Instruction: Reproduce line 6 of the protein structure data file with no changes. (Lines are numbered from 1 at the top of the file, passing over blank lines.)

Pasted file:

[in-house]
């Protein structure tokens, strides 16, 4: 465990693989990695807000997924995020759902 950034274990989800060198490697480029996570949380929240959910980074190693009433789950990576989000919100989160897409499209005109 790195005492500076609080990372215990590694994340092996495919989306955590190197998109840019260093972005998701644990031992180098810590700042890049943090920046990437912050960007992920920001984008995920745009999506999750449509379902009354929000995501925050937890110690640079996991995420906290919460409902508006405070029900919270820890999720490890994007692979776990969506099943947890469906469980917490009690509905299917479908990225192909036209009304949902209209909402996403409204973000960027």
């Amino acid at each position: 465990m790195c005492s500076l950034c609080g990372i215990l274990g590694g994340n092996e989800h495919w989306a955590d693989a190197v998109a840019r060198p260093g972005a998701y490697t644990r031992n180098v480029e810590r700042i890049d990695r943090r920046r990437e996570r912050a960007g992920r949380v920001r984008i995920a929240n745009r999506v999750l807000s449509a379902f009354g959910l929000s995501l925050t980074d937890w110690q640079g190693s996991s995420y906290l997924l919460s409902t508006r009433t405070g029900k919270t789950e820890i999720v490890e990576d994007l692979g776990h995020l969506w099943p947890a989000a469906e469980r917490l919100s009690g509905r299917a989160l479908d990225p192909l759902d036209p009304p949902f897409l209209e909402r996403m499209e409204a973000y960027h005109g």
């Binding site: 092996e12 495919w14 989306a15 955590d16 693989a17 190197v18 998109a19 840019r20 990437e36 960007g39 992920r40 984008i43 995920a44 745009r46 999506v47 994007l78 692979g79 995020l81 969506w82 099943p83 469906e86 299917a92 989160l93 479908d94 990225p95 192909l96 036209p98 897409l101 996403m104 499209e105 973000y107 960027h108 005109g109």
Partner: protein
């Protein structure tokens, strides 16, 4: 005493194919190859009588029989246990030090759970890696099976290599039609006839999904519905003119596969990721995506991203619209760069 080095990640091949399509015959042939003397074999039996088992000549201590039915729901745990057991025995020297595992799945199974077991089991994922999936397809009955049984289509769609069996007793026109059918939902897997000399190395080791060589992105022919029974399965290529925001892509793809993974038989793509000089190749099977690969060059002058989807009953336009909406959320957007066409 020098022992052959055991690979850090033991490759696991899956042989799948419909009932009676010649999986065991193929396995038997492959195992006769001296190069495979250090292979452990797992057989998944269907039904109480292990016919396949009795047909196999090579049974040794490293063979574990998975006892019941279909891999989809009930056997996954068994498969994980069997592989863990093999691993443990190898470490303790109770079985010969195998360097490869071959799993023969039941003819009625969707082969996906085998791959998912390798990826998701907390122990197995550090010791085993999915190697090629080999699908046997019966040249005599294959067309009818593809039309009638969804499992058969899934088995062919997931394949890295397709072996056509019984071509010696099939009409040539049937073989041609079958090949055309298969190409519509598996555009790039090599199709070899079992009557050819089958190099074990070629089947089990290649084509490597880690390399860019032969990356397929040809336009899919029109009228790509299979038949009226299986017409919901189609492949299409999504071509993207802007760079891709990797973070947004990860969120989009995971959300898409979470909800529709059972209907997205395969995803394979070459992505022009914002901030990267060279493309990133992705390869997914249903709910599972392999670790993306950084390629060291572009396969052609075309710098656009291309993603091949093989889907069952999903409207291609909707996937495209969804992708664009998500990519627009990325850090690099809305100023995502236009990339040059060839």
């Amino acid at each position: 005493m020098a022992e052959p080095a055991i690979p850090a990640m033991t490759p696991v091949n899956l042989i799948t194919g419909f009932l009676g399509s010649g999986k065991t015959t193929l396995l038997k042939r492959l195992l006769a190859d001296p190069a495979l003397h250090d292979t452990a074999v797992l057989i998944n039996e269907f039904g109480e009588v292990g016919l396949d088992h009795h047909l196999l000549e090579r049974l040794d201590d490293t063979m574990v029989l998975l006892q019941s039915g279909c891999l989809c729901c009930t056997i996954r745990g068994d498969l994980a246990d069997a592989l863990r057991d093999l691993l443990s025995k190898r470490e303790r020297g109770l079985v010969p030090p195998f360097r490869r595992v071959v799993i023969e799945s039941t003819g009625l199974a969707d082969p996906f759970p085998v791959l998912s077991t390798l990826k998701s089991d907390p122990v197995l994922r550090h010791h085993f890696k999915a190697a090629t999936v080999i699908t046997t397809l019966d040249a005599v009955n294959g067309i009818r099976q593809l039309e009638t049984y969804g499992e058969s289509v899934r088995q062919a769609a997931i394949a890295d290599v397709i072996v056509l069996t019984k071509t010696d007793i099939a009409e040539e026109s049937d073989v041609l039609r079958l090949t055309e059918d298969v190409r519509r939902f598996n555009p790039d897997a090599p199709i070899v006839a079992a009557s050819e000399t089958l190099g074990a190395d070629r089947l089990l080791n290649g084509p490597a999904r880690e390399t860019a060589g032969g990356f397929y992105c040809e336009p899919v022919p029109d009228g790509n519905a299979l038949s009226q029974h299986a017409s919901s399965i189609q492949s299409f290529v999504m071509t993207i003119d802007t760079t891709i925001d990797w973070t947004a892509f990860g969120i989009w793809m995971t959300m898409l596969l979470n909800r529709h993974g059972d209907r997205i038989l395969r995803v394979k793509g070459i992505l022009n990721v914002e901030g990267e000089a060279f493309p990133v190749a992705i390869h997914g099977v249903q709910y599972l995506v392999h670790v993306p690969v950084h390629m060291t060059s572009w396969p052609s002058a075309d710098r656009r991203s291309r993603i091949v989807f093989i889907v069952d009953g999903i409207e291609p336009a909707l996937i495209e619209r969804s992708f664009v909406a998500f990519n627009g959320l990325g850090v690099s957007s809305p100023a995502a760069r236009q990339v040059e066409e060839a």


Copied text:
């Protein structure tokens, strides 16, 4: 005493194919190859009588029989246990030090759970890696099976290599039609006839999904519905003119596969990721995506991203619209760069 080095990640091949399509015959042939003397074999039996088992000549201590039915729901745990057991025995020297595992799945199974077991089991994922999936397809009955049984289509769609069996007793026109059918939902897997000399190395080791060589992105022919029974399965290529925001892509793809993974038989793509000089190749099977690969060059002058989807009953336009909406959320957007066409 020098022992052959055991690979850090033991490759696991899956042989799948419909009932009676010649999986065991193929396995038997492959195992006769001296190069495979250090292979452990797992057989998944269907039904109480292990016919396949009795047909196999090579049974040794490293063979574990998975006892019941279909891999989809009930056997996954068994498969994980069997592989863990093999691993443990190898470490303790109770079985010969195998360097490869071959799993023969039941003819009625969707082969996906085998791959998912390798990826998701907390122990197995550090010791085993999915190697090629080999699908046997019966040249005599294959067309009818593809039309009638969804499992058969899934088995062919997931394949890295397709072996056509019984071509010696099939009409040539049937073989041609079958090949055309298969190409519509598996555009790039090599199709070899079992009557050819089958190099074990070629089947089990290649084509490597880690390399860019032969990356397929040809336009899919029109009228790509299979038949009226299986017409919901189609492949299409999504071509993207802007760079891709990797973070947004990860969120989009995971959300898409979470909800529709059972209907997205395969995803394979070459992505022009914002901030990267060279493309990133992705390869997914249903709910599972392999670790993306950084390629060291572009396969052609075309710098656009291309993603091949093989889907069952999903409207291609909707996937495209969804992708664009998500990519627009990325850090690099809305100023995502236009990339040059060839």